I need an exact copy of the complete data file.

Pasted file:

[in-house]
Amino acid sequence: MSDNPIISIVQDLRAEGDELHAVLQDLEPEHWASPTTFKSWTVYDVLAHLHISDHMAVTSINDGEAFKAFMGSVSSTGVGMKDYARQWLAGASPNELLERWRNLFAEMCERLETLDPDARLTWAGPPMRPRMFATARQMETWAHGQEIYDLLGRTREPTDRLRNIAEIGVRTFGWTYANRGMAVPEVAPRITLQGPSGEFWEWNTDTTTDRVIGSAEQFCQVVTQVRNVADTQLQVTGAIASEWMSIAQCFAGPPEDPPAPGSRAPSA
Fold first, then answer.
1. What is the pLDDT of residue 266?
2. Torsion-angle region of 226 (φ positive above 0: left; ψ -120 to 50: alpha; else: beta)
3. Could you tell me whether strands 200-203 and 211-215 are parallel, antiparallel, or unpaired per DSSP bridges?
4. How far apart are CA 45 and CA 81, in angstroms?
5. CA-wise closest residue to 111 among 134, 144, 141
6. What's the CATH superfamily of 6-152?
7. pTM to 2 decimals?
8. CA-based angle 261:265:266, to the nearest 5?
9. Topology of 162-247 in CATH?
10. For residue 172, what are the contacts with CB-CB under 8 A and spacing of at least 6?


[in-house]
Amino acid sequence: MSDNPIISIVQDLRAEGDELHAVLQDLEPEHWASPTTFKSWTVYDVLAHLHISDHMAVTSINDGEAFKAFMGSVSSTGVGMKDYARQWLAGASPNELLERWRNLFAEMCERLETLDPDARLTWAGPPMRPRMFATARQMETWAHGQEIYDLLGRTREPTDRLRNIAEIGVRTFGWTYANRGMAVPEVAPRITLQGPSGEFWEWNTDTTTDRVIGSAEQFCQVVTQVRNVADTQLQVTGAIASEWMSIAQCFAGPPEDPPAPGSRAPSA
Fold first, then answer.
1. What is the pLDDT of residue 266?
2. Torsion-angle region of 226 (φ positive above 0: left; ψ -120 to 50: alpha; else: beta)
3. Could you tell me whether strands 200-203 and 211-215 are parallel, antiparallel, or unpaired per DSSP bridges?
4. How far apart are CA 45 and CA 81, in angstroms?
5. CA-wise closest residue to 111 among 134, 144, 141
6. What's the CATH superfamily of 6-152?
7. pTM to 2 decimals?
8. CA-based angle 261:265:266, to the nearest 5?
9. Topology of 162-247 in CATH?
10. For residue 172, what are the contacts with CB-CB under 8 A and spacing of at least 6?